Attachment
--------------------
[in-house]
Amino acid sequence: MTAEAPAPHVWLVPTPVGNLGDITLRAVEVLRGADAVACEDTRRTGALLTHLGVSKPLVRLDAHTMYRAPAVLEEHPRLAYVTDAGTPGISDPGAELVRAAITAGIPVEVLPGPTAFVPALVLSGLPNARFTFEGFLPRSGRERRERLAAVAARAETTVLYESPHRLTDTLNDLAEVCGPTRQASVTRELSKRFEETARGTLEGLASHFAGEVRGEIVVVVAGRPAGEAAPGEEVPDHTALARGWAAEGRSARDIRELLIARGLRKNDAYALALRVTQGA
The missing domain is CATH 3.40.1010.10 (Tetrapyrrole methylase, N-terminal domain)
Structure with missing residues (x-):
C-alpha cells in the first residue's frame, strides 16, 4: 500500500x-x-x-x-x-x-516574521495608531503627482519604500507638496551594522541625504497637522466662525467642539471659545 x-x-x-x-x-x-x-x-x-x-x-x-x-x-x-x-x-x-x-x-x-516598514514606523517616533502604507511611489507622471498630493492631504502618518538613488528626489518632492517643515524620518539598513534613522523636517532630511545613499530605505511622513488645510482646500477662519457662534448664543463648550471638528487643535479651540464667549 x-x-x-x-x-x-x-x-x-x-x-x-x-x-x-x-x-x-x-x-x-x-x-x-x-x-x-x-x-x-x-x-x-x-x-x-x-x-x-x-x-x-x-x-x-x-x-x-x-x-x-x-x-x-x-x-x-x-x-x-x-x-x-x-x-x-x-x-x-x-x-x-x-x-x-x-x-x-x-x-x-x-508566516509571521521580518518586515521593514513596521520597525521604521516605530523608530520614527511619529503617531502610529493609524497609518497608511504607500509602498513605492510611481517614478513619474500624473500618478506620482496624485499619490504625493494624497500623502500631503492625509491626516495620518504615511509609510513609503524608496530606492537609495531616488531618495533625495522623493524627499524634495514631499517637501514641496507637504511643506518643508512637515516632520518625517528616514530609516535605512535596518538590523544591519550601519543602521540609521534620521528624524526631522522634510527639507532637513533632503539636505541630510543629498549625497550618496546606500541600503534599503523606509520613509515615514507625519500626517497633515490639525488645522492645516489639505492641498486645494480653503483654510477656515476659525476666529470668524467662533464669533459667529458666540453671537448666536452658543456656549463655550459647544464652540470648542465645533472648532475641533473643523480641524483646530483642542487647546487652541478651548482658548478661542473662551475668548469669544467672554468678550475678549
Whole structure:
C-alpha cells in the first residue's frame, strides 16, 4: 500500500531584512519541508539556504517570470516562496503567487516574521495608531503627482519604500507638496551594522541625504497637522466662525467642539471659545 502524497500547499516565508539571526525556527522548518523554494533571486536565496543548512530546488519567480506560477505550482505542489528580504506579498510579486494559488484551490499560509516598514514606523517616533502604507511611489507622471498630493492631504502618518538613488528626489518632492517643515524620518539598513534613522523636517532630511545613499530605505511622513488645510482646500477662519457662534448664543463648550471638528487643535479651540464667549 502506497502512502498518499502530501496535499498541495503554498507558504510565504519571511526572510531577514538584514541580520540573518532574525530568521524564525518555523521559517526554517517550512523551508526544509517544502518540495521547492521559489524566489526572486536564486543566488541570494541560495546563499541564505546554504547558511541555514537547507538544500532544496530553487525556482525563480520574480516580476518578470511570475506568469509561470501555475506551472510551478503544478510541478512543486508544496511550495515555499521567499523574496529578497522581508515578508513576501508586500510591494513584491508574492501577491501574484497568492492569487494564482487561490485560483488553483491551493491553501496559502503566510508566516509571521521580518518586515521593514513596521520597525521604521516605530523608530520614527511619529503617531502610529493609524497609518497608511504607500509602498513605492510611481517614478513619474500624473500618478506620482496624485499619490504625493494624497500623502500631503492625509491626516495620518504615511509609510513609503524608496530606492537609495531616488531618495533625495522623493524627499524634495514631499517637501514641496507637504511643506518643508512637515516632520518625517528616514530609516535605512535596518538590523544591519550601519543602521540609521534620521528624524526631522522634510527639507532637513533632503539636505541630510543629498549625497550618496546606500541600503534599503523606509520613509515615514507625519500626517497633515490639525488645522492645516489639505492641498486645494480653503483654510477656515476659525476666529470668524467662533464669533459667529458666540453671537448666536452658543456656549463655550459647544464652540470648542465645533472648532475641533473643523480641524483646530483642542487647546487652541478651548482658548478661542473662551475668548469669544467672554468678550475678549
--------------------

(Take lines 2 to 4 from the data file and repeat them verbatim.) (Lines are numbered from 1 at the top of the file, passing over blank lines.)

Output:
Amino acid sequence: MTAEAPAPHVWLVPTPVGNLGDITLRAVEVLRGADAVACEDTRRTGALLTHLGVSKPLVRLDAHTMYRAPAVLEEHPRLAYVTDAGTPGISDPGAELVRAAITAGIPVEVLPGPTAFVPALVLSGLPNARFTFEGFLPRSGRERRERLAAVAARAETTVLYESPHRLTDTLNDLAEVCGPTRQASVTRELSKRFEETARGTLEGLASHFAGEVRGEIVVVVAGRPAGEAAPGEEVPDHTALARGWAAEGRSARDIRELLIARGLRKNDAYALALRVTQGA
The missing domain is CATH 3.40.1010.10 (Tetrapyrrole methylase, N-terminal domain)
Structure with missing residues (x-):